A Makeup
Brush to Ace Foundation

If you're still applying foundation with your fingers, don't! Beauty pros in the Triangle swear that makeup brushes deliver the most natural and radiant effect. A brush gives your skin full coverage with a flawless, even finish. Plus, it keeps the oil and bacteria on your fingers from clogging your pores.




Bra Fitting: How to Measure Up

The very best way to determine the correct bra size for your body is to see a professional fitter at a bra shop in Raleigh or a department store in Durham. But if you're DIY all the way, there's an excellent, if a bit complex, method to determine it yourself:

Wrap a tape measure around your rib cage just under your bust, keeping it tight.

If the measurement is an odd number, add 5 inches. If it's even, add 4 inches. If it's in between, round up to the nearest inch. That figure is your band size.

For cup size, measure around the fullest part of your bosom. Keep the tape loose so as not to compress your chest, and keep the tape flat and even around your body.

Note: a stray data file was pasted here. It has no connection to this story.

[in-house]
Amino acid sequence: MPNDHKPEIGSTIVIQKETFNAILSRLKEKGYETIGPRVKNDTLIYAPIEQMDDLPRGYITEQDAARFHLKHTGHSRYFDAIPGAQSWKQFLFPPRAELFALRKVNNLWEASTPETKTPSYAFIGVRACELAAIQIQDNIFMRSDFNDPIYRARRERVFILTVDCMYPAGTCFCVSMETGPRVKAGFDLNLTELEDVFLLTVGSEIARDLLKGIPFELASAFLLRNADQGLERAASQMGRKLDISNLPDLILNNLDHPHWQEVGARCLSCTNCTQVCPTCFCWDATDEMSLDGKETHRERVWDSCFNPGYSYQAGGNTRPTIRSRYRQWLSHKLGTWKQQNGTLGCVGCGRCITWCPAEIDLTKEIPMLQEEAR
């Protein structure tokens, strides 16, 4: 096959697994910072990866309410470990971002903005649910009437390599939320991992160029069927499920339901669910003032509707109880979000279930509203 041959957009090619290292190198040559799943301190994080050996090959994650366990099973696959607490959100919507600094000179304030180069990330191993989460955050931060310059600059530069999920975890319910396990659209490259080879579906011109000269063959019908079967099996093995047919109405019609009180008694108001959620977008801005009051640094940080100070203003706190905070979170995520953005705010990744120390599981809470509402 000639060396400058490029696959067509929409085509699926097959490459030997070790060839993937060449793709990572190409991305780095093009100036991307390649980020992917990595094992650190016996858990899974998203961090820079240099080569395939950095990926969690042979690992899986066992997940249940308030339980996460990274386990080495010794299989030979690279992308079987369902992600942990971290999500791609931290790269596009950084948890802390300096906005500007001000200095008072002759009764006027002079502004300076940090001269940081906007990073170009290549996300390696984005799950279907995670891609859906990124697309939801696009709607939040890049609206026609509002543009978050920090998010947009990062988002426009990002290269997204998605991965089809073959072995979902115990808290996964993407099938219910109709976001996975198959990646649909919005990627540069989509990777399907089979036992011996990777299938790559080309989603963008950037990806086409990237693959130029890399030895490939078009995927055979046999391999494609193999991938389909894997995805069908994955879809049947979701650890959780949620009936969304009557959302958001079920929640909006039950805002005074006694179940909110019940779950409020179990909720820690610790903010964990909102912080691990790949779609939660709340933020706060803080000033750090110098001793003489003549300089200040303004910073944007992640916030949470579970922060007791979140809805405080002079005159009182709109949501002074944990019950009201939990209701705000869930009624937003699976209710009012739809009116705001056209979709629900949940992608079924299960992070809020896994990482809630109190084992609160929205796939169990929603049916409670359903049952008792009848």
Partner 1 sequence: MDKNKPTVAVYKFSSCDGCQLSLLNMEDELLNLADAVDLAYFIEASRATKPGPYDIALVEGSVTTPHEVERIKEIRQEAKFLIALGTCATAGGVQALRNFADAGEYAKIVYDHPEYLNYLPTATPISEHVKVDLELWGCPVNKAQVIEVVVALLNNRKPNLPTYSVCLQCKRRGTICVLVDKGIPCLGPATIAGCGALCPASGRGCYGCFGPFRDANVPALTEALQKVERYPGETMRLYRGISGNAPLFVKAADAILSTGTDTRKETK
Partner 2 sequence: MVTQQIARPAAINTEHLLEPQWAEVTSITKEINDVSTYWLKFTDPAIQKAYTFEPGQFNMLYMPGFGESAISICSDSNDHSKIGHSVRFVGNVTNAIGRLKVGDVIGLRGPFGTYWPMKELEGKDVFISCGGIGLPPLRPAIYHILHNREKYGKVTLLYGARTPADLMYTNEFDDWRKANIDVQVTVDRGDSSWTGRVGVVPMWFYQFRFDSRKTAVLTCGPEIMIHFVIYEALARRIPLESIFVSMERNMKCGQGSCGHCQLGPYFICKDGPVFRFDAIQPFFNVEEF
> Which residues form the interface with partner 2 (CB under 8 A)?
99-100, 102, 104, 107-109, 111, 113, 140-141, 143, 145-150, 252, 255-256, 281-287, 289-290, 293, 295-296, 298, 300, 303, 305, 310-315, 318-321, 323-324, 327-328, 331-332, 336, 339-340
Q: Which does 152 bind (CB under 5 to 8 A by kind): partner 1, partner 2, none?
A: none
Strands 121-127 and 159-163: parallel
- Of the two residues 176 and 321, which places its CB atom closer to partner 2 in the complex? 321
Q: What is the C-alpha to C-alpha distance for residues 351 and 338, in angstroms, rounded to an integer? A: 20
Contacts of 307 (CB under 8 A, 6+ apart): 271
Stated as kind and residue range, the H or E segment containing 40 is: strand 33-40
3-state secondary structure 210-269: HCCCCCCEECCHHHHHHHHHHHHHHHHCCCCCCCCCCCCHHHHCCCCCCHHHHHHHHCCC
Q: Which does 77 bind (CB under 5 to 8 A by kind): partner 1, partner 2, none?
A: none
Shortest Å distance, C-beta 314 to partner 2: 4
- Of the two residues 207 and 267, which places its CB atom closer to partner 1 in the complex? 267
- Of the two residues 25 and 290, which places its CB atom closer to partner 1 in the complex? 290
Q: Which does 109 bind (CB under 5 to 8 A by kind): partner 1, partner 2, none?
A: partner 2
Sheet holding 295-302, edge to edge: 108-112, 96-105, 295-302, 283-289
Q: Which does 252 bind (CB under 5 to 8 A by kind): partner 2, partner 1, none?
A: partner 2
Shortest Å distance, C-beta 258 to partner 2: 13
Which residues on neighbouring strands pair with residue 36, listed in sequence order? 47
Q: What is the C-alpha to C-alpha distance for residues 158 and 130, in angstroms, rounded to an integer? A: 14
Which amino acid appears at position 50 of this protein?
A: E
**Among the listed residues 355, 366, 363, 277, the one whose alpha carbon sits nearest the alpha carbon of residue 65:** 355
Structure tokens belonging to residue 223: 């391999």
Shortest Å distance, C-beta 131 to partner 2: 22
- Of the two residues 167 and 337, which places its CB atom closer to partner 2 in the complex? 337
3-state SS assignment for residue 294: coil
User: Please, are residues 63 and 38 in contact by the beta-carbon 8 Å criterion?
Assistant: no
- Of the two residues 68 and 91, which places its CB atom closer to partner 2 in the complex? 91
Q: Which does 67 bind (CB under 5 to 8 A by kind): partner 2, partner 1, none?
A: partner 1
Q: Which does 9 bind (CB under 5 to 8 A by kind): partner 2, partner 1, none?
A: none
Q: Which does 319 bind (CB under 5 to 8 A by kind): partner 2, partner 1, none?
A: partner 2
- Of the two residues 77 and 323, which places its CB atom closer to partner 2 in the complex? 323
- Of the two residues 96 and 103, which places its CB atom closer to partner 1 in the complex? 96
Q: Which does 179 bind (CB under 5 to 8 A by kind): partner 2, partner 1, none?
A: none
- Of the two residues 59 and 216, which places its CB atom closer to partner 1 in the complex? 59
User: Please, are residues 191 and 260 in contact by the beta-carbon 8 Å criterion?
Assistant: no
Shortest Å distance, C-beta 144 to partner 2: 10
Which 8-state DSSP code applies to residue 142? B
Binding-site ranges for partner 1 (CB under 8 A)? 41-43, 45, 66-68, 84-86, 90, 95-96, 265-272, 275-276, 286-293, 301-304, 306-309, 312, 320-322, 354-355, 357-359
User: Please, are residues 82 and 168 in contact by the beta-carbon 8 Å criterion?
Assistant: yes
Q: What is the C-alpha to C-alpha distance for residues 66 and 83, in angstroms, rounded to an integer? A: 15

Subtract your band size from the cup measurement. Then match the difference to a cup size. 1 inch is an A cup; 2 inches, B; 3 inches, C; 4 inches, D; 5 inches, DD; 6 inches, DDD; 7 inches, E; 8 inches, F; and 9 inches, G.



Nice (to the Planet) Clothes

Generally, Triangle women like to wear clothes that don't have a negative impact on the Earth. But textile manufacturing is so complicated that it's difficult to know what to purchase. When you must have a new outfit, here's a quick, eco-friendly guide to the four basic apparel fibers, based on reporting in The New York Times.

Oil-based synthetics
Polyester, nylon and their brethren are made from nonrenewable resources. For example, polyester is a plastic derived from crude oil. Synthetic fibers shed plastic filaments that make their way into water systems and the digestive tracts of animals that graze on fertilized plants.

Cotton is natural but requires pesticides, and synthetic fibers are often blended with cotton thread. Consumers can choose garments made with organic cotton grown without pesticides, but it can be much more expensive and difficult to find.

Rayon is made of plants and chemicals. Viscose rayon, the most common type, is treated with carbon disulfide, which can cause serious health problems for rayon workers and may be released into the environment. Viscose rayon is often made from bamboo, which sounds good. But producers are cutting down old-growth forests to plant bamboo.

Good ol' wool might be less practical, but it's sustainable. Many experts consider wool to be more ecologically sound than cotton, rayon or synthetic fibers. However, wool comes from sheep, which produce methane, a powerful greenhouse gas.